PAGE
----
Asian American Racial Formation and the Image of American Democracy
This book examines how the U.S. government used Asian Americans to promote the superiority of U.S. democracy over communism during the early Cold War years from 1946 to 1965. More specifically, it considers how the federal government both secured and infringed upon the rights of Asian Americans as it sought to showcase the legitimacy of U.S. democracy and the nation's goodwill toward all “free countries” in Asia. However, policies that monitored the activities and scrutinized the loyalties of Asian Americans were also implemented. In this sense, Asian Americans were cast as “loyal citizens” to be integrated into dominant society but at the same time as “alien subversives” to be deported. Using Asian American racial formation as a primary mode of analysis, the book also discusses the effects of U.S. foreign policy in Asia on the social standing of Asian Americans and on domestic civil rights. Finally, it explores how U.S. foreign affairs connected the fight against housing segregation to the fight against communism during the early Cold War years.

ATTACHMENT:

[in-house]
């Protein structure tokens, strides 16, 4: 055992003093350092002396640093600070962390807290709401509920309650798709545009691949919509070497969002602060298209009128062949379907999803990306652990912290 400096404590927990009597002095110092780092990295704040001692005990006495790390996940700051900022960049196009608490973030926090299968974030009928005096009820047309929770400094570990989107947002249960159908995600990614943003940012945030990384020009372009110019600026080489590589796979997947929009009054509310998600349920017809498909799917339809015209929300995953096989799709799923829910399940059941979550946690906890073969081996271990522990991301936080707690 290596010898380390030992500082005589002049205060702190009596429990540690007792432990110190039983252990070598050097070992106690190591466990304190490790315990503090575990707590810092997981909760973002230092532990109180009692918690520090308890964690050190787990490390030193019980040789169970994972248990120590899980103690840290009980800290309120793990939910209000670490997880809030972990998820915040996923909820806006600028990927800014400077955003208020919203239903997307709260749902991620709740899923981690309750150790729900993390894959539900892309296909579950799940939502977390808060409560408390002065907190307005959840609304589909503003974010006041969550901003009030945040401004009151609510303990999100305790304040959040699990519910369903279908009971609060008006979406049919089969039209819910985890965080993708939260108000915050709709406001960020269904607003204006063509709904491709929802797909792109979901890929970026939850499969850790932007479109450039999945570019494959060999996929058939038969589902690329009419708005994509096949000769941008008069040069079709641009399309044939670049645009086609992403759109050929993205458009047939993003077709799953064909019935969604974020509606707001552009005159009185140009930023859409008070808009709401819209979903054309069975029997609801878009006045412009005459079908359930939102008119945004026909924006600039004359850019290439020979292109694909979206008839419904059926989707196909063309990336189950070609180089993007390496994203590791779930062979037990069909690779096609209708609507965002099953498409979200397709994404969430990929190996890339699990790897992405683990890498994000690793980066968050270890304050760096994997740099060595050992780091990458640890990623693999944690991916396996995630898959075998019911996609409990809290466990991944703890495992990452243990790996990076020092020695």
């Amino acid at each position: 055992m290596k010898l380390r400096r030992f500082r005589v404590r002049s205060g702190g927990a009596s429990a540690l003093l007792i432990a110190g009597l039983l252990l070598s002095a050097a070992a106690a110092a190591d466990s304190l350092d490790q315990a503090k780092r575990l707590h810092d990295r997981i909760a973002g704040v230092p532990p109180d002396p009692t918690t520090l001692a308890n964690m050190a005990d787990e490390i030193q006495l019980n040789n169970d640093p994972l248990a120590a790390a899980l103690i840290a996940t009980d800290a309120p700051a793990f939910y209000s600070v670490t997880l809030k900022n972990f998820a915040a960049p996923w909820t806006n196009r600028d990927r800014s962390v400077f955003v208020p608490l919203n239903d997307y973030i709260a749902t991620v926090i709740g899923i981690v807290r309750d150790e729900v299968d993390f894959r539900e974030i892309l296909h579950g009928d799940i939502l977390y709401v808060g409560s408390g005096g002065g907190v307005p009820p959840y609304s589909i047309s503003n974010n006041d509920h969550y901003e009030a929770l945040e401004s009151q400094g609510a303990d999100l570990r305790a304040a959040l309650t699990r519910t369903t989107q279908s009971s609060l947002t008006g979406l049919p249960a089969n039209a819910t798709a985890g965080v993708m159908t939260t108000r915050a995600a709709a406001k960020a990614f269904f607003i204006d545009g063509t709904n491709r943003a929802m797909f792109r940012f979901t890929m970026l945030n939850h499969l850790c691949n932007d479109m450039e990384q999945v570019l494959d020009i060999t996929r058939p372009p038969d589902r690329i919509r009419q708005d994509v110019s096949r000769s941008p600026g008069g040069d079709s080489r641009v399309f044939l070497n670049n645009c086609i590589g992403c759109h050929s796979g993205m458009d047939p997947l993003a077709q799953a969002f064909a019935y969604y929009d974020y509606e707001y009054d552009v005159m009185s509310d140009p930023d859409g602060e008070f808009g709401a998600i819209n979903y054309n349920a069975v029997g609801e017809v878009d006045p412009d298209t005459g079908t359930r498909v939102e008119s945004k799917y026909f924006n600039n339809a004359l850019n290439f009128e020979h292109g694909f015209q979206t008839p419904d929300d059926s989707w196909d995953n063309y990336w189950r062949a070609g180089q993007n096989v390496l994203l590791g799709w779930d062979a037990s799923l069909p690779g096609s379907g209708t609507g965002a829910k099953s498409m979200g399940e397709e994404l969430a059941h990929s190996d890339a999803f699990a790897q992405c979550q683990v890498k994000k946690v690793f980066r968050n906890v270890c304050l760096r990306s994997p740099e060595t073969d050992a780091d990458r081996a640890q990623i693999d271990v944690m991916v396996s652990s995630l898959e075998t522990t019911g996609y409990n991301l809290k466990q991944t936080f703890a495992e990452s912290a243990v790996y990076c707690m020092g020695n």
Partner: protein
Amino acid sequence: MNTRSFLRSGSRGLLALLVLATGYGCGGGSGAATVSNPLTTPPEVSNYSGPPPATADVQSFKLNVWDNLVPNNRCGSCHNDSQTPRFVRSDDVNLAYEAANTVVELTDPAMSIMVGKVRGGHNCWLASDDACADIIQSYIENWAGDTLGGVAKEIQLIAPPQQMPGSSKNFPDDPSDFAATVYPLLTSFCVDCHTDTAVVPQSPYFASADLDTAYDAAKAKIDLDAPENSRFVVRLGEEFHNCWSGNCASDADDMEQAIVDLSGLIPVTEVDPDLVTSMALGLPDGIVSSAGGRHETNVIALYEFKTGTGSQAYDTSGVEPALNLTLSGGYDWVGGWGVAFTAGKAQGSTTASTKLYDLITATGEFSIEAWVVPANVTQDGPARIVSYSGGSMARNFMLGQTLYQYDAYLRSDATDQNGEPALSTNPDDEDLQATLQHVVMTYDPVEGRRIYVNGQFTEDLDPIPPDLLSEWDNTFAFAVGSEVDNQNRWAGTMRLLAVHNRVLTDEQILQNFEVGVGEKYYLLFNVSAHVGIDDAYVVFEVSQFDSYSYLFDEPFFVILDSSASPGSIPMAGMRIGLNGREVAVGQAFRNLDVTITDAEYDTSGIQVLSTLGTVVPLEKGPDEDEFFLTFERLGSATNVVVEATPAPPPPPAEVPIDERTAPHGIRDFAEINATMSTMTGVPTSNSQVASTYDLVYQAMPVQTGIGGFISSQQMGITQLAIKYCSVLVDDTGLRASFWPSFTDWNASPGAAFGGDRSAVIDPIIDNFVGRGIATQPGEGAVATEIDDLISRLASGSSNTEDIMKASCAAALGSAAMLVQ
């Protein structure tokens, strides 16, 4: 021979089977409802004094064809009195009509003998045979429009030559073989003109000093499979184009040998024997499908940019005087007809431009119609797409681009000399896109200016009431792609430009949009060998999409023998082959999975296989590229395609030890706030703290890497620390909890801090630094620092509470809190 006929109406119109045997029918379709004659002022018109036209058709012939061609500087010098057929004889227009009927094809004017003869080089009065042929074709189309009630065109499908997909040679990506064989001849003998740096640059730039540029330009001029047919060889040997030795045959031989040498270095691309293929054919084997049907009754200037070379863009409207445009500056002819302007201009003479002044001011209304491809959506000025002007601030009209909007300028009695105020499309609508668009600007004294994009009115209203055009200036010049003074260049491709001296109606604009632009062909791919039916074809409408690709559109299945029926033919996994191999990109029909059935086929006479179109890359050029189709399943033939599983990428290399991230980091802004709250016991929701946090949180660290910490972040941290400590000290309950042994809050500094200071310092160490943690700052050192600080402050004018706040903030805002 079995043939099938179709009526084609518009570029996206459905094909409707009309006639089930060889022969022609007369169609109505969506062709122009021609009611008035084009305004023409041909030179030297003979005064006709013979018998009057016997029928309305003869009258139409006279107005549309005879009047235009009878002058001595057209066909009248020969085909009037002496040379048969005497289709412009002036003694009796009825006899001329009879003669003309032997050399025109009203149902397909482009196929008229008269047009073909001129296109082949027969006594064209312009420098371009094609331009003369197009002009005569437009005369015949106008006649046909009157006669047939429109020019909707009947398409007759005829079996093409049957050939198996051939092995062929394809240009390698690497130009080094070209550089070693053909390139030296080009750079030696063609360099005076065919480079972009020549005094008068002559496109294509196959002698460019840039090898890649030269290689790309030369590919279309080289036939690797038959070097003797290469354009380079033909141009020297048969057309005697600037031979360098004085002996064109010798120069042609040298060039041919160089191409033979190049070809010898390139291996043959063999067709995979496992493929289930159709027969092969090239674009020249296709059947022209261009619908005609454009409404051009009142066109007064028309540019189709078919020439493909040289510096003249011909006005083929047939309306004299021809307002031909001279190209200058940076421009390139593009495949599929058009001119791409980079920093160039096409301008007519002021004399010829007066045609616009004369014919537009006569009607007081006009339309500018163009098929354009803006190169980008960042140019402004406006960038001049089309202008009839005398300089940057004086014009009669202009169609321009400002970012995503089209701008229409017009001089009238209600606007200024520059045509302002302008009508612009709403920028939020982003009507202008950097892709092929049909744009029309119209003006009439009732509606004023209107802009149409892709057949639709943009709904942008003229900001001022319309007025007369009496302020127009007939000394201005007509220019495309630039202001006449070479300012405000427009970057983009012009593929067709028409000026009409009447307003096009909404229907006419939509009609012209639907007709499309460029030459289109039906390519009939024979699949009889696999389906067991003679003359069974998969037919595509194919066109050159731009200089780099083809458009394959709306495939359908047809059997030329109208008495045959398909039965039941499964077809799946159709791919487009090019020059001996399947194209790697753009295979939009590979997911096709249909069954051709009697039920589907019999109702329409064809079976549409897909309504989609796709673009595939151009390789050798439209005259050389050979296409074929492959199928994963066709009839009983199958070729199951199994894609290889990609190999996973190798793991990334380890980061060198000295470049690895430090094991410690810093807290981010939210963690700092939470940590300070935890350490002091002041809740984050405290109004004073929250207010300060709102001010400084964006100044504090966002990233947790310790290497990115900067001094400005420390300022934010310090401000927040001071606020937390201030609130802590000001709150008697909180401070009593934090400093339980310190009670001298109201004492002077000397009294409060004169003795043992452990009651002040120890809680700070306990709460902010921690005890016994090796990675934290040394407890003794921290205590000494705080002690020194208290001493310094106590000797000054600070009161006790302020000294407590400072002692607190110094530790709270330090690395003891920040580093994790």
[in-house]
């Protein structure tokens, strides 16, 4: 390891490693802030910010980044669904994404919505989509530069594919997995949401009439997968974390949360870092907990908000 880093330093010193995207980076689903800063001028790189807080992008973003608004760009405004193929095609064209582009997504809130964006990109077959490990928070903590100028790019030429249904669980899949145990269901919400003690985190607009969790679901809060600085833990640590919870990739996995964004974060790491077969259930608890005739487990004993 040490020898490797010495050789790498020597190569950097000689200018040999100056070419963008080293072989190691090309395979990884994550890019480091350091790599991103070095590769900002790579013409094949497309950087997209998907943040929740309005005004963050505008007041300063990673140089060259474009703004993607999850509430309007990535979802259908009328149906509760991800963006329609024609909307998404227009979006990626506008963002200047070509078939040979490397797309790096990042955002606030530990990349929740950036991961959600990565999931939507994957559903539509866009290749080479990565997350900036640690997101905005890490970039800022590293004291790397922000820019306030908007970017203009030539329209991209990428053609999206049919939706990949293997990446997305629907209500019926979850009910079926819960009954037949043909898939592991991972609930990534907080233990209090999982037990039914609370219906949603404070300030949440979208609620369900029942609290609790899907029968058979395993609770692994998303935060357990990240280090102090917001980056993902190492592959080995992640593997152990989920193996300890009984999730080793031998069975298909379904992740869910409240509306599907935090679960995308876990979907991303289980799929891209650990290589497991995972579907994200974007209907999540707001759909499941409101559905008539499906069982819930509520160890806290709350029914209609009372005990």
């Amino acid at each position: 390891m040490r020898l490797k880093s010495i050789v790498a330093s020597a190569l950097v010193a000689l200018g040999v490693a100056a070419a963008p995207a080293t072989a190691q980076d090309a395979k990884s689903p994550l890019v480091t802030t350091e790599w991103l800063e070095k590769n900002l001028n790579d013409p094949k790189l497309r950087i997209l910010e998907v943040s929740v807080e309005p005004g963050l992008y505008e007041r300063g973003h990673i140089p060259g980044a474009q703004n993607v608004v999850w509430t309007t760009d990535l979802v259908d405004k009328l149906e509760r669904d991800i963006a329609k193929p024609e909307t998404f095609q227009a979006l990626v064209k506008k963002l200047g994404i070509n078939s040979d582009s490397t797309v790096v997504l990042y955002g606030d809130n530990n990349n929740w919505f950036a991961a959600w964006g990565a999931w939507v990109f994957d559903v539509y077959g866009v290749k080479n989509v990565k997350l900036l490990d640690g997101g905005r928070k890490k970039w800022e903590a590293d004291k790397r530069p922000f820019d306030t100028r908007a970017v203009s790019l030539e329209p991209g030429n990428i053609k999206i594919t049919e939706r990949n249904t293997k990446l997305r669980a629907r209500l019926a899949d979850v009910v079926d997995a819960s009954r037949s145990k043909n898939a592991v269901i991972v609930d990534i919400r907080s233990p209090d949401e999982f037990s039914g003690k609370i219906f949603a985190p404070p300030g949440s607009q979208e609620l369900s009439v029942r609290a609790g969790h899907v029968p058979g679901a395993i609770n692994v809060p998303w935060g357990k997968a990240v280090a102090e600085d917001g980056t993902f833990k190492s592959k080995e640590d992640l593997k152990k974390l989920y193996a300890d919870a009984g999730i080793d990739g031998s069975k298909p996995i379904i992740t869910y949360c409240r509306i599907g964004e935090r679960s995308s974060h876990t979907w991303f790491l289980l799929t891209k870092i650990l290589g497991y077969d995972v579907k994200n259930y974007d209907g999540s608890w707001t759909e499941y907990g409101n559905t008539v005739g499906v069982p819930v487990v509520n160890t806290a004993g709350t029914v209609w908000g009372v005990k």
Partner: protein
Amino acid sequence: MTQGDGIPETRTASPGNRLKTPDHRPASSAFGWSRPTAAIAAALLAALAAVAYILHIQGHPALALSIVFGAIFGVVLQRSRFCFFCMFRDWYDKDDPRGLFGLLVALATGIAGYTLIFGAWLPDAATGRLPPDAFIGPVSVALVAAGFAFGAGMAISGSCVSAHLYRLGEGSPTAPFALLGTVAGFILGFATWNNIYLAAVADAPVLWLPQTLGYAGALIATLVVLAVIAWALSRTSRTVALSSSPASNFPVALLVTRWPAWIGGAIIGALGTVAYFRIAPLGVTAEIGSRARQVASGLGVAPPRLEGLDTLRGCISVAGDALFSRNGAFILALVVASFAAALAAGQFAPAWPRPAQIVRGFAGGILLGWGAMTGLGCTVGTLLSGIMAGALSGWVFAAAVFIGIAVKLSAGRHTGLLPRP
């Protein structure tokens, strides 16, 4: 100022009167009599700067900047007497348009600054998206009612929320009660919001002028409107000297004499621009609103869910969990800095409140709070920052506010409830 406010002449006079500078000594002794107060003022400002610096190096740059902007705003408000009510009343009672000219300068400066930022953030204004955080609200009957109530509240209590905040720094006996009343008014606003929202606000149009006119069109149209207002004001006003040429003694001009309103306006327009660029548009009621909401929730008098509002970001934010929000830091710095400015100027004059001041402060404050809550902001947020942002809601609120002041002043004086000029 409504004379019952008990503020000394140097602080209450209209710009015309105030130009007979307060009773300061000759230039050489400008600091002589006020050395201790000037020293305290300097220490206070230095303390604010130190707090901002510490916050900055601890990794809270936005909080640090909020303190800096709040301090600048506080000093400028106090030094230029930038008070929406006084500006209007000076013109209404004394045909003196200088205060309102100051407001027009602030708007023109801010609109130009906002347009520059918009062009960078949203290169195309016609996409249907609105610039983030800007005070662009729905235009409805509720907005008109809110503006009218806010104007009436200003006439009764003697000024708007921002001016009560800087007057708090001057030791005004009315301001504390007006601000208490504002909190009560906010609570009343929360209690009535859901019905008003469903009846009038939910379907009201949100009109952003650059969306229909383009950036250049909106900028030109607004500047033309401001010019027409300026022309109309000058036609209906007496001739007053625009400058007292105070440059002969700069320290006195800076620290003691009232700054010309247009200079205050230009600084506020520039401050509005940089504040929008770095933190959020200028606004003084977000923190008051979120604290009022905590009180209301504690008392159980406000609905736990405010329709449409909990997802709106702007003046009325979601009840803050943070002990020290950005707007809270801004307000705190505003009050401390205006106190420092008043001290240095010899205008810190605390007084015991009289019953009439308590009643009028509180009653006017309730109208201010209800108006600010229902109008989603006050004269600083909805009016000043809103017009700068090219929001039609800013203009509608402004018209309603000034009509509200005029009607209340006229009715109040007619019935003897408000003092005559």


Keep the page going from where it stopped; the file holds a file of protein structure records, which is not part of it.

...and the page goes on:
Keywords: U.S. democracy, communism, Cold War, civil rights, Asian Americans, Asia, foreign policy, housing segregation, racial formation, foreign affairs